United Nations (AFP) Sept 19, 2010
The eight Millennium Development Goals set by world leaders in 2000 with a target date of 2015:
POVERTY AND HUNGER
-- Halve, between 1990 and 2015, the proportion of people whose income is less than one dollar a day
The UN says the global economic crisis has slowed progress but the goal is still possible.
-- Full and productive employment and decent work for all, including women and young people
Another target badly hit by the crisis. Employment around the world has fallen and more workers are now "living in extreme poverty," according to the UN.
-- Halve, between 1990 and 2015, the proportion of people who suffer from hunger
This has been hit by the global economic and food crises of recent years. One in four children in the developing world are still underweight.
UNIVERSAL PRIMARY EDUCATION
-- By 2015, children everywhere, boys and girls alike, will be able to complete a full course of primary schooling
Hopes are fading that this can be achieved, though progress has been made. Sub-Saharan Africa and Southern Asia are home to the vast majority of children out of school.
-- Eliminate gender disparity in primary and secondary education at all levels by 2015
Education remains elusive for girls in some regions. Poverty is a major barrier to education, especially among older girls. In nearly every developing region, men outnumber women in paid employment with women relegated to more vulnerable jobs. Top level jobs still go overwhelmingly to men.
-- Reduce by two thirds, between 1990 and 2015, the under-five mortality rate
Child deaths are falling, but not quickly enough to reach the target. Revitalizing efforts against pneumonia and diarrhoea, while bolstering nutrition, could save millions of children.
-- Reduce by three quarters the maternal mortality ratio
The lack of basic health skills is the main problem. Giving birth is especially risky in Southern Asia and sub-Saharan Africa, where most women deliver without skilled care.
-- Achieve universal access to reproductive health
More women are receiving antenatal care but striking inequalities in care during pregnancy remain. The UN says progress has stalled in reducing the number of teenage pregnancies "putting more young mothers at risk" and in increasing the use of contraception.
BATTLING AIDS, MALARIA
-- To halt and reverse the the spread of HIV/AIDS by 2015
The spread of HIV appears to have stabilized in most regions, and more people are surviving longer. Many young people still lack the knowledge to protect themselves against HIV though.
-- Achieve, by 2010, universal access to treatment for HIV/AIDS
The rate of new HIV infections still outstrip the expansion of treatment but expanded treatment for HIV-positive women safeguards their newborns
-- Halt by 2015 and begin to reverse the incidence of malaria and other major diseases
Simple weapons such as soaring production of insecticide-treated mosquito nets has helped in the fight against malaria and more effective antimalarial drugs are now available. The UN says the number of malaria deaths is falling but more finance is needed.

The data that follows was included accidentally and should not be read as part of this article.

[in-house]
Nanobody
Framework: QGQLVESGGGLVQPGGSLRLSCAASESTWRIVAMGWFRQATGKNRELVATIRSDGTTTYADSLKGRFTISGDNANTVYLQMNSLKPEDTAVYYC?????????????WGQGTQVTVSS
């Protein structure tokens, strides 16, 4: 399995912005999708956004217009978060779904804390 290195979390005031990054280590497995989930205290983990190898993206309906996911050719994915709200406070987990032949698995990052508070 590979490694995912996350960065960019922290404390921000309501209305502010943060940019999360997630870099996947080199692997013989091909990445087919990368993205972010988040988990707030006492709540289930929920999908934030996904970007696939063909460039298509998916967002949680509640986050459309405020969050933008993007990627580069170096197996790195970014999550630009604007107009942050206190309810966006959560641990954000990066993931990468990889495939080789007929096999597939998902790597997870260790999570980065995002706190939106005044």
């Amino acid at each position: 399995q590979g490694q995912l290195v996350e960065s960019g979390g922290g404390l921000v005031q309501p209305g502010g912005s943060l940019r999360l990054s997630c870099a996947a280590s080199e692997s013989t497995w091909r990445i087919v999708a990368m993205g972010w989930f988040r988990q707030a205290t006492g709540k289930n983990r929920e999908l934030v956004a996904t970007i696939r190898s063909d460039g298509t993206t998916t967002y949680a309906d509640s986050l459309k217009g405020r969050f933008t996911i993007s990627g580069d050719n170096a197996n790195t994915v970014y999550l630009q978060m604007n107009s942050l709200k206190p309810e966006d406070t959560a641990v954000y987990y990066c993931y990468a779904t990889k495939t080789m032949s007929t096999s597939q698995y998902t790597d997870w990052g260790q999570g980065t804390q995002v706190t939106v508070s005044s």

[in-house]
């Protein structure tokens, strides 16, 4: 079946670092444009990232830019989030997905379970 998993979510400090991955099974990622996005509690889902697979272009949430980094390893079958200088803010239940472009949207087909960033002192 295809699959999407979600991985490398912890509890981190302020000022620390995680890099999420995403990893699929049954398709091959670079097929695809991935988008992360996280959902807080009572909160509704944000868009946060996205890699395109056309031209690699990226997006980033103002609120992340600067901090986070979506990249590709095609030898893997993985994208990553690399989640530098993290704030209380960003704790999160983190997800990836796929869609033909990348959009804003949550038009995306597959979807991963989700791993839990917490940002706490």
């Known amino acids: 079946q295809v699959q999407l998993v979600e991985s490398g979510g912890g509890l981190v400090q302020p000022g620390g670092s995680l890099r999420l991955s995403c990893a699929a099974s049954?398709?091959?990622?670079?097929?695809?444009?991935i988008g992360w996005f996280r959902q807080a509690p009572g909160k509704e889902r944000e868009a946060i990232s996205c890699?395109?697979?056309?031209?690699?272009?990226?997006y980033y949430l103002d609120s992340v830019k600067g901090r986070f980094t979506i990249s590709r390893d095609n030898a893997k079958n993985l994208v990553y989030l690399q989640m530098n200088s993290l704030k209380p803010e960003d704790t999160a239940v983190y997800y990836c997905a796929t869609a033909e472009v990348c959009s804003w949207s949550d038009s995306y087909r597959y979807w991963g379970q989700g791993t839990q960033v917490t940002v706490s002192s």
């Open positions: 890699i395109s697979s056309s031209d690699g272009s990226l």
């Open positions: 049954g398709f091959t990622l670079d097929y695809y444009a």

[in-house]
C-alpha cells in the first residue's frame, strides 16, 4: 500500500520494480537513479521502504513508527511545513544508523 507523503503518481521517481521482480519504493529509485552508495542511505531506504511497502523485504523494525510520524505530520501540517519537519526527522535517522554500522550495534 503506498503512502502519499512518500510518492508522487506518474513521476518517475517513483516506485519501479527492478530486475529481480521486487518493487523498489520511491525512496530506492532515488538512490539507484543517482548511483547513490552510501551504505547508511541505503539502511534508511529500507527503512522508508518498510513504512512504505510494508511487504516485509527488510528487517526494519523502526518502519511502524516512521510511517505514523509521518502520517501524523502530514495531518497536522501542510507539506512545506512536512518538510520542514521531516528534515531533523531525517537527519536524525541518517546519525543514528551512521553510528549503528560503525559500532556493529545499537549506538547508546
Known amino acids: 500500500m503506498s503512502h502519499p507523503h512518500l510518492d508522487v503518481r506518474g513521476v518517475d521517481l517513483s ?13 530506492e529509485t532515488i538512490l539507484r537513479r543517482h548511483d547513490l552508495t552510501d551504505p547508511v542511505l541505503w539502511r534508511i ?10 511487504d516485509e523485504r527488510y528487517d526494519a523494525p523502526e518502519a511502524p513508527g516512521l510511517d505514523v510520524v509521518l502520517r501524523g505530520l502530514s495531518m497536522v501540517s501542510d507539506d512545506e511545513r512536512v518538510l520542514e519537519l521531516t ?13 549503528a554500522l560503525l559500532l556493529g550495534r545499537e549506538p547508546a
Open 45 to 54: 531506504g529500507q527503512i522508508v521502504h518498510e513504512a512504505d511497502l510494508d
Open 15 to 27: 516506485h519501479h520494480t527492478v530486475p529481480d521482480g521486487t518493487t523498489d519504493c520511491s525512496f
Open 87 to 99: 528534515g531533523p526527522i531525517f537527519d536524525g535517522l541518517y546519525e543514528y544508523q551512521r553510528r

Progress on tuberculosis, the second leading killer after HIV, inches forward. Tuberculosis prevalence is falling in most regions
-- More use of sustainable development in country policies and reverse the loss of environmental resources
The rate of deforestation shows signs of decreasing, but is still alarmingly high, says the UN. A decisive response to climate change is urgently needed.
-- Reduce biodiversity loss, achieving, by 2010, a significant reduction in the rate of loss
The 2010 target for biodiversity conservation was missed, with potentially grave consequences, according to UN experts.
Key habitats for threatened species are not being adequately protected and the number of species facing extinction is growing by the day. Overexploitation of fisheries has stabilized, but stocks are still threatened.
-- Halve, by 2015, the proportion of the population without sustainable access to safe drinking water and basic sanitation
The world is on track to meet the drinking water target, but accelerated efforts are needed to bring drinking water to rural households.
With half the population of developing regions without sanitation, the 2015 target appears to be out of reach.
-- By 2020, to have achieved a significant improvement in the lives of at least 100 million slum dwellers
Slum improvements are failing to keep pace with the growing ranks of the urban poor. Slum prevalence remains high in sub-Saharan Africa and increases in countries affected by conflict.
-- Meet the needs of least developed countries, landlocked countries and small island developing states
Aid continues to rise despite the financial crisis, but Africa is "short-changed", according to the UN. Only five donor countries have reached the UN target for official aid.
-- Develop an open, rule-based, predictable, non-discriminatory trading and financial system
-- A comprehensive deal on the debt of the developing world
Debt burdens are easing and are well below historical levels.
-- With pharmaceutical companies, provide access to affordable essential drugs in developing countries
-- With the private sector, widen the availability of new technology
Demand grows for information and communications technology but access to the World Wide Web is still closed to the majority of the world's people.
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